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2012 WL 1424509 (Del.A.G.)
Office of the Attorney General
State of Delaware
Opinion No. 12-IIB01
January 6, 2012
*1 Margaret M. McKay
League of Women Voters of Delaware
Delaware Coalition for Open Government
We received from you a complaint (the “Complaint”) against the Capital School District (the “District”) alleging certain violations of the Freedom of Information Act (“FOIA”), 29 Del. C. Ch. 100. By letter of October 17, 2011, the Complaint was referred by Deputy Attorney General Judy Oken Hodas to Mr. Phillip Martino, Jr., President of the Board of Education of the District (the ““Board”) for the District’s response.
By letter dated October 28, 2011 to Ms. Hodas, the District responded to the Complaint through its attorney David H. Williams, Esquire.
The Complaint lists five numbered paragraphs, four of which allege specific violations of FOIA by the District:
1. Reference is made to the Board’s lengthy, regular executive sessions, but no FOIA violation is alleged;
2. Failure of the District to identify in its posted agenda for its August 24, 2011 meeting the subject matter of an anticipated executive session (closed to the public);1
3. Failure of the District to open its meeting in the auditorium where its public meeting was to take place and there to vote on entering into executive session, before it retired to the school library where it held its executive session;
4. Failure of the District to give proper prior notice of the addition of administrator salaries to its agenda for the public meeting on August 24, 2011; and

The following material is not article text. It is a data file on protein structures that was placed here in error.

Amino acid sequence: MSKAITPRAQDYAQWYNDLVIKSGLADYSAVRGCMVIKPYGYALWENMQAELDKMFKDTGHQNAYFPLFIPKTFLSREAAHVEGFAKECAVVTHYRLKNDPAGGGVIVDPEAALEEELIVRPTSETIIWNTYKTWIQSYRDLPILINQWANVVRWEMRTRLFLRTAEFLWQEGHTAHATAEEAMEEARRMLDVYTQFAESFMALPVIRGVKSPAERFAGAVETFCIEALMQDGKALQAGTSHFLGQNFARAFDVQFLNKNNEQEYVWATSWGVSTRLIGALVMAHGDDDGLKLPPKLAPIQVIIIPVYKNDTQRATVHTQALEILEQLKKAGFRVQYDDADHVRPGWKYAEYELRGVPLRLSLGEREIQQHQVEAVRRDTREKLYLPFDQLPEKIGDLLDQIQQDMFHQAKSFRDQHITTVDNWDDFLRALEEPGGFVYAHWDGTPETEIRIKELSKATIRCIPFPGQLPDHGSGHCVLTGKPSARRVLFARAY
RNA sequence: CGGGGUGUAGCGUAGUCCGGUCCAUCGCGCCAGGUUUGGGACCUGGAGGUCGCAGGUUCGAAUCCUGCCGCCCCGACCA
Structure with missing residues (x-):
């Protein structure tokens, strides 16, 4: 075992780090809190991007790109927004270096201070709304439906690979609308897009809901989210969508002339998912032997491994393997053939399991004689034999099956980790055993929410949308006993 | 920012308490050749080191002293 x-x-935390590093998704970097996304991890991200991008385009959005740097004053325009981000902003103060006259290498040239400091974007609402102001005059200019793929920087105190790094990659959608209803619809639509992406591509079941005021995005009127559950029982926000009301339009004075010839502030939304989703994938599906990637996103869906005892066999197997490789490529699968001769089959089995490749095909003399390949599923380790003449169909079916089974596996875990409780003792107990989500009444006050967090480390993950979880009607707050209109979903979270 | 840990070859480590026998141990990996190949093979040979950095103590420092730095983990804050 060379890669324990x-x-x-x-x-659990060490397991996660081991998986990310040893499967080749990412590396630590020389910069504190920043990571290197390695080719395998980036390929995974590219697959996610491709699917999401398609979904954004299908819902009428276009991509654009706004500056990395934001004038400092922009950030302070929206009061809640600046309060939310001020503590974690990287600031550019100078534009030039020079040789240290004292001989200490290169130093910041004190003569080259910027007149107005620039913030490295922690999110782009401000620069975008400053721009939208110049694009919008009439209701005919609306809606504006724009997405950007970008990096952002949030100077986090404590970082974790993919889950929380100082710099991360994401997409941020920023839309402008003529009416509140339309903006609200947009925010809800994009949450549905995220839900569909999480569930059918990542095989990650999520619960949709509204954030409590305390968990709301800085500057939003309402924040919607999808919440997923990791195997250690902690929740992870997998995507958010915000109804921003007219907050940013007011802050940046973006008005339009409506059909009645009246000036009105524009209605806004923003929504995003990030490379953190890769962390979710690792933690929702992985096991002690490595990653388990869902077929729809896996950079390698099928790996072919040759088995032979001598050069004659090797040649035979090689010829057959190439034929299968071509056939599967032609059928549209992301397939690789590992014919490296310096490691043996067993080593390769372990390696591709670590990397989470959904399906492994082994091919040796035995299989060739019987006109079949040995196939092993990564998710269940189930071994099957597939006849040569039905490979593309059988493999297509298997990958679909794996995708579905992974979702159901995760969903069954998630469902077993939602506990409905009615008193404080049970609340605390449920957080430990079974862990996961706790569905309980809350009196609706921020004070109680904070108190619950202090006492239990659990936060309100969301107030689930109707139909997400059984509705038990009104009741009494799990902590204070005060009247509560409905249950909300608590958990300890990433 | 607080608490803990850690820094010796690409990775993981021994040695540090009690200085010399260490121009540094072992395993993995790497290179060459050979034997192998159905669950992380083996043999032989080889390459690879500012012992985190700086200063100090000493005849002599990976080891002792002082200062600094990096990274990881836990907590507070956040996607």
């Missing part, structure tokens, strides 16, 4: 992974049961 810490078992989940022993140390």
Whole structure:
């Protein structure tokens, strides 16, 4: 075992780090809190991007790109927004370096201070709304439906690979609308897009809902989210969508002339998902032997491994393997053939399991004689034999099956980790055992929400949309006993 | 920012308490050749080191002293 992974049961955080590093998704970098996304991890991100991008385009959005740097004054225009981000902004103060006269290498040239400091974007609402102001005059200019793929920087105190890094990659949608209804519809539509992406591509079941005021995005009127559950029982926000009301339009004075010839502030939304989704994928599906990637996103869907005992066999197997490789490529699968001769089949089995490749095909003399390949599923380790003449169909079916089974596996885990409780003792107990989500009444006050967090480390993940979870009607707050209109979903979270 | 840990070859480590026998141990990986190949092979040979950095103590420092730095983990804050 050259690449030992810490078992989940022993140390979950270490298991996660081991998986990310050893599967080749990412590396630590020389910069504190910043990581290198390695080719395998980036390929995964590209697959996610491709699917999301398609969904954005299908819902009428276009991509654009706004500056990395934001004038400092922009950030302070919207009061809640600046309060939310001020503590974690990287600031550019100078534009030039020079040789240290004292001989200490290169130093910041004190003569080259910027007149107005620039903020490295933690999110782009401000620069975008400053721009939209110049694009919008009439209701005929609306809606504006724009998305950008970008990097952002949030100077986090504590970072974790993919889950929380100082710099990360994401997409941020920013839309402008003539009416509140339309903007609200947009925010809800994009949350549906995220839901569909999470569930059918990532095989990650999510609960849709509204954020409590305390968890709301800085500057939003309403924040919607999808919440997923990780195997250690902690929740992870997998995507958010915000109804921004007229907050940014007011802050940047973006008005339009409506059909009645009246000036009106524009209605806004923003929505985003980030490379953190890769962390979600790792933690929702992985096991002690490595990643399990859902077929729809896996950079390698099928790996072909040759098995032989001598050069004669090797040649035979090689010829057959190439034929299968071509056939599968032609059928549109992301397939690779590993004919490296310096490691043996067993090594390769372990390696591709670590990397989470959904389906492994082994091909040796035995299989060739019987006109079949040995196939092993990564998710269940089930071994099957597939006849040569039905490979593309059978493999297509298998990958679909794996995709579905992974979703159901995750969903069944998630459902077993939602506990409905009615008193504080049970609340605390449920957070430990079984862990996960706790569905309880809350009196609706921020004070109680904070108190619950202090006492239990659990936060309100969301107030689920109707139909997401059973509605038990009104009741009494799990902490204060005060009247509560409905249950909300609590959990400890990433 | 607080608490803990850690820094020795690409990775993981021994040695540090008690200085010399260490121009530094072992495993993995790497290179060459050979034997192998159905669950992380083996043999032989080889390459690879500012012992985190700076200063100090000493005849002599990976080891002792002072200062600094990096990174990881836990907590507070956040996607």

5. Failure of the District to reflect in its minutes for the meeting on August 24, 2011 its discussion of and vote upon the question of raising administrators’ salaries.
1. Because no FOIA violation is alleged, no analysis is required.
2. We find that the District violated FOIA by not disclosing in its agenda for its August 24, 2011 meeting the reason for its proposed executive session. FOIA, 29 Del. C. § 10004(e)(2) requires that: “All public bodies [including school boards] shall give public notice of their regular meetings and of their intent to hold an executive session closed to the public, at least 7 days in advance thereof. The notice shall include the agenda …” and § 10002(a) requires that the agenda include “a statement of intent to hold an executive session and the specific ground or grounds therefor …” [Emphasis supplied.] Lest there be any doubt of this requirement, § 10004(c) also requires that “[t]he purpose of such executive sessions shall be set forth in the agenda …” The agenda for the District’s 2011 meetings on July 20, August 24, September 21, October 5, October 19, November 16, and December 7 gave no indication of the specific “ground or grounds” for the anticipated executive sessions.